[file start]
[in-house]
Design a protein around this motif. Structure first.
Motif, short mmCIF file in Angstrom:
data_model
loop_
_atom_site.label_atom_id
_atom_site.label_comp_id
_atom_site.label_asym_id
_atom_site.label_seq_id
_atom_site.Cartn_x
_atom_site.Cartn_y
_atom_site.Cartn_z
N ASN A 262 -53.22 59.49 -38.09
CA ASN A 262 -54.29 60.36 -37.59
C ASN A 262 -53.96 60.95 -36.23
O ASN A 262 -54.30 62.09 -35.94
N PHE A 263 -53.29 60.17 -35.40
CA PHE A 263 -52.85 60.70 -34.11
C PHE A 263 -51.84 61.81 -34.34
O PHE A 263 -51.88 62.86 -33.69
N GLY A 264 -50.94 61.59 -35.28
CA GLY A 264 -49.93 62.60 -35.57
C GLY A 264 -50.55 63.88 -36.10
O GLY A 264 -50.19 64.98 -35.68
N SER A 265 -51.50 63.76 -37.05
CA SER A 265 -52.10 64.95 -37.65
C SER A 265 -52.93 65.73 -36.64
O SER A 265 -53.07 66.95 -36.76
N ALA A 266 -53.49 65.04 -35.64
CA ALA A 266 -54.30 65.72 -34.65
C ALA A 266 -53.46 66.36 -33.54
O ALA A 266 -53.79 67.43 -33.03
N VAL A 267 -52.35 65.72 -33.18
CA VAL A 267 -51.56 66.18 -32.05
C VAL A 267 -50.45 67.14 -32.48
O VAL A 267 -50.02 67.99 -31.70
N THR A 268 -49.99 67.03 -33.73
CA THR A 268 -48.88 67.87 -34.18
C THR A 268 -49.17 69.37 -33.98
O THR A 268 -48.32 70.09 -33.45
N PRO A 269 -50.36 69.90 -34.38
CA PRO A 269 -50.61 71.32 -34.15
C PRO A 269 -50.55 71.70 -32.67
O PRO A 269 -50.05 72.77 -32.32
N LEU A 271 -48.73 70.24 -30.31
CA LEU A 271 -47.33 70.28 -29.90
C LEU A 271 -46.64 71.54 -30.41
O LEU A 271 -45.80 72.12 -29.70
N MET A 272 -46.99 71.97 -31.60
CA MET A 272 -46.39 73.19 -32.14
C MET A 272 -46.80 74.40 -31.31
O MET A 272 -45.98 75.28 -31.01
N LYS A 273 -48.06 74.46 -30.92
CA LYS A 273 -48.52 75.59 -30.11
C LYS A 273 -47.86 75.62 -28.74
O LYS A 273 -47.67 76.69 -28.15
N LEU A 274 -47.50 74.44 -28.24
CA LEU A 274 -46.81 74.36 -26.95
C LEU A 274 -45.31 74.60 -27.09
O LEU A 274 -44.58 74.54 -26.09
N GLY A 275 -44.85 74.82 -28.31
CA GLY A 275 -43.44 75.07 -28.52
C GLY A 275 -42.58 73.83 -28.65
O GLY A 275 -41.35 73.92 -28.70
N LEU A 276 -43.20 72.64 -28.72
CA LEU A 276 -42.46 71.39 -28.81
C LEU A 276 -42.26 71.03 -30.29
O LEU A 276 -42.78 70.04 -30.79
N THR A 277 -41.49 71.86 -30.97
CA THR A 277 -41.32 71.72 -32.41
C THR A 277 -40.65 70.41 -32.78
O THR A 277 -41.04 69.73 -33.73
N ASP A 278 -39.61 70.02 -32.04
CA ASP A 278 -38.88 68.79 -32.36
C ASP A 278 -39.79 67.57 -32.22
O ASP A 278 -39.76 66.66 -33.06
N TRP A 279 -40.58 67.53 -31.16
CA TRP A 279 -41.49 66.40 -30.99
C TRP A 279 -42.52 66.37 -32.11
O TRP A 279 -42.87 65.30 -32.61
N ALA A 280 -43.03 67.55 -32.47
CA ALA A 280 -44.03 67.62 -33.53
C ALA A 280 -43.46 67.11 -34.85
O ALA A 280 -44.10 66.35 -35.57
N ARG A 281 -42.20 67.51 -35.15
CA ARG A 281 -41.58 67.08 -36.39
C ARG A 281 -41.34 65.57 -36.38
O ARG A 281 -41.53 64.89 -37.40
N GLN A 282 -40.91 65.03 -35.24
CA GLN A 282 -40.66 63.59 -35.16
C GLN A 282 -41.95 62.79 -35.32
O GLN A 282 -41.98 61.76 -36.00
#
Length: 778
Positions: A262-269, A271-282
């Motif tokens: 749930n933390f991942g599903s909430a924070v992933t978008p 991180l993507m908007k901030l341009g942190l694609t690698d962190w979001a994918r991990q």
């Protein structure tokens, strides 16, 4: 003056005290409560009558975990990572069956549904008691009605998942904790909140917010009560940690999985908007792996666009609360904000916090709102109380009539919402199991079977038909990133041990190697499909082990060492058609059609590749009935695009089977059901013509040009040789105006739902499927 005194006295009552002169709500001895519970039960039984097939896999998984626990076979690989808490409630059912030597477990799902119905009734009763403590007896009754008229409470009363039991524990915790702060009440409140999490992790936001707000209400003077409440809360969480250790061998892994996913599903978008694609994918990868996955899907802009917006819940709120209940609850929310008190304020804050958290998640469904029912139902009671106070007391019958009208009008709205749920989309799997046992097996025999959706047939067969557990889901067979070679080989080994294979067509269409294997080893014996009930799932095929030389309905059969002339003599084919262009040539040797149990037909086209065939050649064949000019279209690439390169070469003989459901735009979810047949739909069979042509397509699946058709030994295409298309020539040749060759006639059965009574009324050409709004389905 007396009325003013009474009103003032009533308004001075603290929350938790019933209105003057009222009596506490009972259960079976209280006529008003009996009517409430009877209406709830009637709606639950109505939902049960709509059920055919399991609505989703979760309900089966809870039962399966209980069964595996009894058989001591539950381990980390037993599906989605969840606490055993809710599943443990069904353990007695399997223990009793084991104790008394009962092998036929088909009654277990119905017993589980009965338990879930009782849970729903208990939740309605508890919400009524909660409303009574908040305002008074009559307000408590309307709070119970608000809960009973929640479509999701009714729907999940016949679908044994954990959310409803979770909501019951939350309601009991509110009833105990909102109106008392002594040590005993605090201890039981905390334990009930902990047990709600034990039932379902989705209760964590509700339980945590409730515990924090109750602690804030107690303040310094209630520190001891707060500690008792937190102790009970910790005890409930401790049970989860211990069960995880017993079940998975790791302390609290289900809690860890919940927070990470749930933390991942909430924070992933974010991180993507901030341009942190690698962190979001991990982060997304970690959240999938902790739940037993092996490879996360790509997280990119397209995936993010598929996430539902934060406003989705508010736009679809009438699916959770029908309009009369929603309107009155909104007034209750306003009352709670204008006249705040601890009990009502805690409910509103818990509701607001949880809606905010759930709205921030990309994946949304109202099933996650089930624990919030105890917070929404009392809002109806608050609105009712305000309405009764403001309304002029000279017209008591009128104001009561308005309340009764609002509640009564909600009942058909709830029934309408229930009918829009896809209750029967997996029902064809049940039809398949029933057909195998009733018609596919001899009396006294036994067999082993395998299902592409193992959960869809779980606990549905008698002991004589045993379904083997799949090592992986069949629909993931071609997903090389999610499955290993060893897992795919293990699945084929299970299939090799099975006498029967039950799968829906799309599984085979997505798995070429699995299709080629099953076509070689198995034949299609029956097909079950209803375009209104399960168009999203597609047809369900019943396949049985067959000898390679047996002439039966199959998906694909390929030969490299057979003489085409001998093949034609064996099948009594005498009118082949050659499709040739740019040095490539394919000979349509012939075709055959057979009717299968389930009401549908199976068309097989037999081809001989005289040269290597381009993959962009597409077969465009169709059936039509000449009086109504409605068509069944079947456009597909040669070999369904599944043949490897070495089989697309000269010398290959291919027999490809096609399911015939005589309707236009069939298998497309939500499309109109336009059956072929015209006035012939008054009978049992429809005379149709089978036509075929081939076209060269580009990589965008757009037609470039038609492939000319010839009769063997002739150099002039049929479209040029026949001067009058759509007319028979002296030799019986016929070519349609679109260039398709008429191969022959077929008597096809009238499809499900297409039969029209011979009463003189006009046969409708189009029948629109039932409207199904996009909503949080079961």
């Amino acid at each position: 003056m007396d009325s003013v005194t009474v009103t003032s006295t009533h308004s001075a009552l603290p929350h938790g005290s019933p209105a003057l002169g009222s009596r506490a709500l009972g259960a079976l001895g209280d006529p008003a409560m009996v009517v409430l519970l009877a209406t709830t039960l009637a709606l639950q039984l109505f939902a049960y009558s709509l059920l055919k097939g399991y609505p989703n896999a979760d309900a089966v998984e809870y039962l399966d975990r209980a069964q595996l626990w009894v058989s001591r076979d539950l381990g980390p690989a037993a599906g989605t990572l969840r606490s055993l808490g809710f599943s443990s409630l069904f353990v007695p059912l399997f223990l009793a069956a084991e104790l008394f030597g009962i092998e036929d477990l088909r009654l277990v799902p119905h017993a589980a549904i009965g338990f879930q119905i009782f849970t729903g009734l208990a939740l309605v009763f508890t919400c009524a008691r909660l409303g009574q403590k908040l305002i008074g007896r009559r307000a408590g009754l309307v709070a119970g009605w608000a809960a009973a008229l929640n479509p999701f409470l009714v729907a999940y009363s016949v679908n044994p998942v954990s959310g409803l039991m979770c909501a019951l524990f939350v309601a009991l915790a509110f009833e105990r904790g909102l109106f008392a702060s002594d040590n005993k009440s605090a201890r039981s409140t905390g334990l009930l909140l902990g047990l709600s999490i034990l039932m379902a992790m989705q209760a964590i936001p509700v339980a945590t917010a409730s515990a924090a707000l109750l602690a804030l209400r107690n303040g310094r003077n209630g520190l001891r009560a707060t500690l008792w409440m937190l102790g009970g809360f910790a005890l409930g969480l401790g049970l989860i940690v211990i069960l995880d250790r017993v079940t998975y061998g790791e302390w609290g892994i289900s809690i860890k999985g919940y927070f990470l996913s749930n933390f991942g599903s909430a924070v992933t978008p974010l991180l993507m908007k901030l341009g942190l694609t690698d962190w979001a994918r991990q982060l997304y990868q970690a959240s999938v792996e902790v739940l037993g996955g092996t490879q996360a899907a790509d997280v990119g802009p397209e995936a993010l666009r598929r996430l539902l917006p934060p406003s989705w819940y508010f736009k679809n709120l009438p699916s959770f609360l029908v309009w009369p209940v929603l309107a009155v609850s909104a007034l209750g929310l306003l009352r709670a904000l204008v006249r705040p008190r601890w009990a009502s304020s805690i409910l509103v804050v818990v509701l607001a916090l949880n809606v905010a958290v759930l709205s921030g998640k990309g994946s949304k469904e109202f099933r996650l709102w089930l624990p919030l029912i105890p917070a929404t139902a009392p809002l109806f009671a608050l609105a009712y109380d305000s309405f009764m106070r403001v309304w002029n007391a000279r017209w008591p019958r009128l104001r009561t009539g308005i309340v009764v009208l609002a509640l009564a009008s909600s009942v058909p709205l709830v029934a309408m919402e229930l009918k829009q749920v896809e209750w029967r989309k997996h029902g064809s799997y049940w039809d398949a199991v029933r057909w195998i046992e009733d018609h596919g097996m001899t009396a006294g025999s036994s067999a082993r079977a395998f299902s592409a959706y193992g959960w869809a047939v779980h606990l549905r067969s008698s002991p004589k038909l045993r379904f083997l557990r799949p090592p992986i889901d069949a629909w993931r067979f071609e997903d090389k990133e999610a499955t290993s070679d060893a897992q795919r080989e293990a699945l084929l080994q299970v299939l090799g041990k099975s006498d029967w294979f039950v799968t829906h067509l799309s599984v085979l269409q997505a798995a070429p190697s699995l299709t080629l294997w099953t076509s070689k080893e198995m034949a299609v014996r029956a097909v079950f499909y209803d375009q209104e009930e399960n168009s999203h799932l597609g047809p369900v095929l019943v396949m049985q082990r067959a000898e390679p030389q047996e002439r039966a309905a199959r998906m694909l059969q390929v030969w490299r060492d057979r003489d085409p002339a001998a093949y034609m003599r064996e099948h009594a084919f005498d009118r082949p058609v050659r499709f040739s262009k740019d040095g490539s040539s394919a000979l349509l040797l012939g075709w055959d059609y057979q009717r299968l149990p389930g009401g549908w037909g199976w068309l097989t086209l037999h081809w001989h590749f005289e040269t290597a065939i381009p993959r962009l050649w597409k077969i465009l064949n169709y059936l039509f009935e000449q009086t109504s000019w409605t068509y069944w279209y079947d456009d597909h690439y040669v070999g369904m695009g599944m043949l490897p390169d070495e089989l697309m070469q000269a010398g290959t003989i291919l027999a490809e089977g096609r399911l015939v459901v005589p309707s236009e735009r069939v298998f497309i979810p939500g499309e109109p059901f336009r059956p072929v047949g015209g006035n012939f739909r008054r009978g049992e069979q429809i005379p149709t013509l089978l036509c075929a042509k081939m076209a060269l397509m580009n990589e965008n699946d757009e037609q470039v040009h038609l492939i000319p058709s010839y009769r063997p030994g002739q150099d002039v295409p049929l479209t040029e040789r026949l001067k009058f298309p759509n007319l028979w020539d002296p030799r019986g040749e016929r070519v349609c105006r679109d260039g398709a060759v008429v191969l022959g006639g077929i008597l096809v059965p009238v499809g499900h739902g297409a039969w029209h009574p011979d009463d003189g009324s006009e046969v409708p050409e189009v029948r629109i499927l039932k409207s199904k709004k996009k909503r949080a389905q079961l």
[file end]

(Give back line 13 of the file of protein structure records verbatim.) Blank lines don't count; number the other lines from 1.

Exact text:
N ASN A 262 -53.22 59.49 -38.09